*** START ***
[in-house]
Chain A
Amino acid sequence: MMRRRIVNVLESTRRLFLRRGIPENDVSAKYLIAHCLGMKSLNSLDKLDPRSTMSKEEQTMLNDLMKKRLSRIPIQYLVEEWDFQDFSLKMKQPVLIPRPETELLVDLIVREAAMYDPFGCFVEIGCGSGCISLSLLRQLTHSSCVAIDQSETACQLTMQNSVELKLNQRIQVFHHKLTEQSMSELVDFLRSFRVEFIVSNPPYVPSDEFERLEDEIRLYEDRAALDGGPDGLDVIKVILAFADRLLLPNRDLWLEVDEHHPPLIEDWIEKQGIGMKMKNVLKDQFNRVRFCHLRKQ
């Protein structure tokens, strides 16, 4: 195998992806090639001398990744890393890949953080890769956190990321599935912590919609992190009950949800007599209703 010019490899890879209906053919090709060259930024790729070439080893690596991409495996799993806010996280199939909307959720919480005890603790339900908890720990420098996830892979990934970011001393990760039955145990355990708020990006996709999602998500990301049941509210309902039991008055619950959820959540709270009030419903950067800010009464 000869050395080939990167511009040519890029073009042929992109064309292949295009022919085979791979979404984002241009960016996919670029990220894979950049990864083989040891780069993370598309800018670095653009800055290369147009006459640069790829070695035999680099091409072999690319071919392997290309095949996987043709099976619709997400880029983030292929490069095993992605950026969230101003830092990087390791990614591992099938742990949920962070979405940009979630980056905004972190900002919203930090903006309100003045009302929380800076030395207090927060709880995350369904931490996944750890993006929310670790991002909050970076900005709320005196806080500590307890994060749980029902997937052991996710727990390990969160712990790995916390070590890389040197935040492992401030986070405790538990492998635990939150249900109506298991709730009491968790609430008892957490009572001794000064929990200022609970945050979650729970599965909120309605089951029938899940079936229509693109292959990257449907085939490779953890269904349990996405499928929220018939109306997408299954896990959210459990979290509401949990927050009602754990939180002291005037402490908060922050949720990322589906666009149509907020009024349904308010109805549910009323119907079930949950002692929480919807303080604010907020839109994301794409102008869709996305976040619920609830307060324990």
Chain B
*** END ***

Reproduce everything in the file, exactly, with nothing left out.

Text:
[in-house]
Chain A
Amino acid sequence: MMRRRIVNVLESTRRLFLRRGIPENDVSAKYLIAHCLGMKSLNSLDKLDPRSTMSKEEQTMLNDLMKKRLSRIPIQYLVEEWDFQDFSLKMKQPVLIPRPETELLVDLIVREAAMYDPFGCFVEIGCGSGCISLSLLRQLTHSSCVAIDQSETACQLTMQNSVELKLNQRIQVFHHKLTEQSMSELVDFLRSFRVEFIVSNPPYVPSDEFERLEDEIRLYEDRAALDGGPDGLDVIKVILAFADRLLLPNRDLWLEVDEHHPPLIEDWIEKQGIGMKMKNVLKDQFNRVRFCHLRKQ
């Protein structure tokens, strides 16, 4: 195998992806090639001398990744890393890949953080890769956190990321599935912590919609992190009950949800007599209703 010019490899890879209906053919090709060259930024790729070439080893690596991409495996799993806010996280199939909307959720919480005890603790339900908890720990420098996830892979990934970011001393990760039955145990355990708020990006996709999602998500990301049941509210309902039991008055619950959820959540709270009030419903950067800010009464 000869050395080939990167511009040519890029073009042929992109064309292949295009022919085979791979979404984002241009960016996919670029990220894979950049990864083989040891780069993370598309800018670095653009800055290369147009006459640069790829070695035999680099091409072999690319071919392997290309095949996987043709099976619709997400880029983030292929490069095993992605950026969230101003830092990087390791990614591992099938742990949920962070979405940009979630980056905004972190900002919203930090903006309100003045009302929380800076030395207090927060709880995350369904931490996944750890993006929310670790991002909050970076900005709320005196806080500590307890994060749980029902997937052991996710727990390990969160712990790995916390070590890389040197935040492992401030986070405790538990492998635990939150249900109506298991709730009491968790609430008892957490009572001794000064929990200022609970945050979650729970599965909120309605089951029938899940079936229509693109292959990257449907085939490779953890269904349990996405499928929220018939109306997408299954896990959210459990979290509401949990927050009602754990939180002291005037402490908060922050949720990322589906666009149509907020009024349904308010109805549910009323119907079930949950002692929480919807303080604010907020839109994301794409102008869709996305976040619920609830307060324990």
Chain B